Ferrets seem to have a fixation with dog’s ears, and your dog may not like his ears being nipped, tugged on, or sniffed in. Ferrets also invite dogs to play by nipping at their feet. While the ferrets find it extremely amusing to have a dog respond quickly to such an invitation, the dog may not. Always look for signs of aggression or hostility on the part of the dog, and separate the dog and the ferret. Again, dogs and ferrets should not be left together unsupervised, no matter what your prior experience has been with their interaction.


Ferrets seem to get along best with cats. Cats seem to understand that a ferret is another predator and not another form of rodent prey. My friend Jill was terrified to bring her black Persian, Alex, to my ferret household. Jill insisted that Alex was the best hunter on earth and would kill anything else that moved. But Alex was completely taken aback by the ferrets and did not chase them at all. He was quite puzzled and very cautious during his ferret introduction. In fact, when enough ferrets started crowding curiously around him, he leaped to safety – on top of Jill’s head. While Alex stayed at my house, he shared the ferret’s litterbox and disgustedly covered up for them each time a ferret left a deposit in the box.

Slow and patient introductions are the key, and ferrets are not very patient about meeting new friends! Most ferrets find cats intriguing and want to play with them or mock attack them at once (although my Zodiac is scared of cats). Let the cat get used to ferret smells by exploring the ferret carrier. Let the cat sniff ferret scent on your hands. For first-time introductions, hold the cat and have someone else hold the ferret and let them sniff each other a few times a day for a week or so. If things go well, gradually let each animal have more freedom to “check each other out.” When you first let them have complete freedom in the same room, make sure both the ferret and the cat have an escape route or a place that the other pet can’t get.

In fact, most ferrets annoy cats because the ferrets don’t want to quit playing! Cats usually just jump to a place where the ferrets can’t go, so make sure there is such a place (or the cat may end up on your head). Other cats will bop the ferrets on the head as an “enough!” warning (which most ferrets ignore and just want to play more). Again, supervision is important, because the cat swat is the first aggressive step.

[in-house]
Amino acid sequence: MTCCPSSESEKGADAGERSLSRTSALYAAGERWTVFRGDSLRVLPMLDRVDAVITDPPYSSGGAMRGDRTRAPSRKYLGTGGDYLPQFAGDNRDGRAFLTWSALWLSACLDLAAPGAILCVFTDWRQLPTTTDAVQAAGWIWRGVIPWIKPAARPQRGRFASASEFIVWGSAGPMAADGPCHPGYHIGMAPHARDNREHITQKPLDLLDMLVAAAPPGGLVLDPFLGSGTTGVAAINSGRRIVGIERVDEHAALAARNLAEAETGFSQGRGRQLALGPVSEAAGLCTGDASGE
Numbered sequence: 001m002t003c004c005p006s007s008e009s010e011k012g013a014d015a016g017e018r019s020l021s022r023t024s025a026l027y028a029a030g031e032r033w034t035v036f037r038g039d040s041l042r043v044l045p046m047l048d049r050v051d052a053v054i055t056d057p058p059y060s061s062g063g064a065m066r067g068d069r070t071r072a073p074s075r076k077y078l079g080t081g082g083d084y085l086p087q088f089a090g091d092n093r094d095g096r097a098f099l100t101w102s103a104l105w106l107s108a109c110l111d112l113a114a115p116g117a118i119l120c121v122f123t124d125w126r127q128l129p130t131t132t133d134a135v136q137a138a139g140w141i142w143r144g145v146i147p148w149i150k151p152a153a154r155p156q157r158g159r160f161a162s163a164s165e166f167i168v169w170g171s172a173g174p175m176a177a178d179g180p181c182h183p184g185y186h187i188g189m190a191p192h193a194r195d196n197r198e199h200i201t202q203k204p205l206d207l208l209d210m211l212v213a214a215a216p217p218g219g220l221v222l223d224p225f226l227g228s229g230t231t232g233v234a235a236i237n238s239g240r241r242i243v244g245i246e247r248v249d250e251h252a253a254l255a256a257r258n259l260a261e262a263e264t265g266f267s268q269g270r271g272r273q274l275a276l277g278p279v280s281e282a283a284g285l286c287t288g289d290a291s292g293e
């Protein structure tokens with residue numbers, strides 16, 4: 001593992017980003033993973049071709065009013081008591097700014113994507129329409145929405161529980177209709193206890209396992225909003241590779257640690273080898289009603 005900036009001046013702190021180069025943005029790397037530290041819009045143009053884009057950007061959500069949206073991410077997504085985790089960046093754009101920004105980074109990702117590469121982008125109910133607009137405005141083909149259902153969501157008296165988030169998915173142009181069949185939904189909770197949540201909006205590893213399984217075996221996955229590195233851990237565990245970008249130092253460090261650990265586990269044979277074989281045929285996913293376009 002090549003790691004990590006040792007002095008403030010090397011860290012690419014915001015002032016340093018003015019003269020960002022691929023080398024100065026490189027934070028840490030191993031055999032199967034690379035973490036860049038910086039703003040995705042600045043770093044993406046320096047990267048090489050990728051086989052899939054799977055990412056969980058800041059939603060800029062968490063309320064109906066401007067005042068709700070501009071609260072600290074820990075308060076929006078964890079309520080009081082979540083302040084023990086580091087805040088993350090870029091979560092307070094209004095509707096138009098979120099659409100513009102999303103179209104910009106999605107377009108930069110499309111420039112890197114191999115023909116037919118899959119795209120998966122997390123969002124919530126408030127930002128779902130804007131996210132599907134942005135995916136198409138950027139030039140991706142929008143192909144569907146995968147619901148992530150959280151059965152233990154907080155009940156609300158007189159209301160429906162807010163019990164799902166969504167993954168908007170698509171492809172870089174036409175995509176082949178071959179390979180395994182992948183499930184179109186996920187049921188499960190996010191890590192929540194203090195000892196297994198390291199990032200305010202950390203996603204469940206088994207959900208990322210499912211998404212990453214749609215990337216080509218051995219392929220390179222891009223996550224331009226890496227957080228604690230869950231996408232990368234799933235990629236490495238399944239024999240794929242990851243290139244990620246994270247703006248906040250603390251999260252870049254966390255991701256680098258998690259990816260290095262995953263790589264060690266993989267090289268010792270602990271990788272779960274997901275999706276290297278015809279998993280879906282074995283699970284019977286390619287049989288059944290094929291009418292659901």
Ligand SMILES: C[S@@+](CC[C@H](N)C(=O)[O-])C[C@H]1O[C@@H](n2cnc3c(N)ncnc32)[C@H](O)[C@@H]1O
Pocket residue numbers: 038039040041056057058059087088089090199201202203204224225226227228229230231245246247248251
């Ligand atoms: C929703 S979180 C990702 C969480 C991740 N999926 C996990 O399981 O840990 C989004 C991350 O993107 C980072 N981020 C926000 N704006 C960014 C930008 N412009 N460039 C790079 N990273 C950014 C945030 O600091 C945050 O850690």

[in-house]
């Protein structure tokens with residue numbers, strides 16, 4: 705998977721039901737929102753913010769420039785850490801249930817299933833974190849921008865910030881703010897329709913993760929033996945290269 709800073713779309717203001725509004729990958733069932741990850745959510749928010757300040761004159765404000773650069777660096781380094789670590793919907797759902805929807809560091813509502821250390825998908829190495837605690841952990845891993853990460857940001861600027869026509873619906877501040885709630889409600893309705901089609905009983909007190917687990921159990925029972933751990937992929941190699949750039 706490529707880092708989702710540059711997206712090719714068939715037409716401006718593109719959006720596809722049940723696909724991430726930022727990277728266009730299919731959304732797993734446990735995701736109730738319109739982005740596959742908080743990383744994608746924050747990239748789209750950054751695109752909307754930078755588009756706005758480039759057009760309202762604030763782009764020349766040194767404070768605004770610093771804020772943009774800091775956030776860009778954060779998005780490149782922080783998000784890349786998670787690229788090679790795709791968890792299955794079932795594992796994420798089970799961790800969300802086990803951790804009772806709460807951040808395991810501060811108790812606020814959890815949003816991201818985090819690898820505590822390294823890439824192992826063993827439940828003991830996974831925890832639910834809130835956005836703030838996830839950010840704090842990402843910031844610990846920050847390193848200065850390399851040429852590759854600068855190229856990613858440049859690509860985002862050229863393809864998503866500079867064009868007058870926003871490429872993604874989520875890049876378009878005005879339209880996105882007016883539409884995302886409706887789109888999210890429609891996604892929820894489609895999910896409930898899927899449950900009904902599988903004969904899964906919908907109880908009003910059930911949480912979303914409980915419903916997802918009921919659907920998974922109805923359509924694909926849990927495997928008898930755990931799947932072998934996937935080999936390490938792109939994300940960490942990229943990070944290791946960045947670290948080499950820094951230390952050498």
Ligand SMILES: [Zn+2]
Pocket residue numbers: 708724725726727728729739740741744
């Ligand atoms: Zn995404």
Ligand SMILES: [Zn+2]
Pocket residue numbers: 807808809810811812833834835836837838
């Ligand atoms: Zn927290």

Read your cat’s body language. Agitated cats lay back their ears, swish their tails, squint their eyes, and even growl. Under these conditions, the cat may be a danger to the ferret.

An angry or cornered cat may unsheathe her claws for the next head-bop and cause damage. I several ferrets who suffered eye damage and blindness from cat clawings and bitings – the ferrets just wouldn’t stop nipping the cat to ask it to play!

Cats may do better with ferrets if they were introduced to ferrets as kittens. Often they grow up playing and sleeping together, and even will use the same litterbox (with cats often “cleaning up” after the ferrets). Some older, territorial cats with high prey instincts may never make good ferret companions. In this case, make sure your ferret has a cat-proof cage in a safe room.

Avoid letting your ferrets and cats share each other’s food. Ferret food can cause cats to become obese, and cat food often has too much fiber and not enough fat for ferrets. Also, many cat toys are potentially dangerous for ferrets (especially anything with rubber, latex, or small parts that could be eaten). High cat towers can be lethal to ferrets that follow the jumps of their cat friends.


One way to foster a lasting friendship between your ferret and your other pet is to start with predators (dogs and cats) and start with young ferrets. Ferret kits grow up best when they start out with kittens or small-breed puppies. Large-breed puppies may unintentionally hurt a ferret during play because they cannot yet control their motor skills. On the other hand, starting out with baby rodents or reptiles (prey) may just ensure an instant snack for a ferret!

As a responsible pet owner, you’ll need to make the decision of which ferret friends you want in your household, whether to keep your ferrets and other pets separate, or whether to spend the time training your cats and dogs to get along with your ferret. Ferrets seem to want to play with anyone you introduce into your household, so make sure it is a good combination. Hopefully, you’ll have a peaceful animal abode!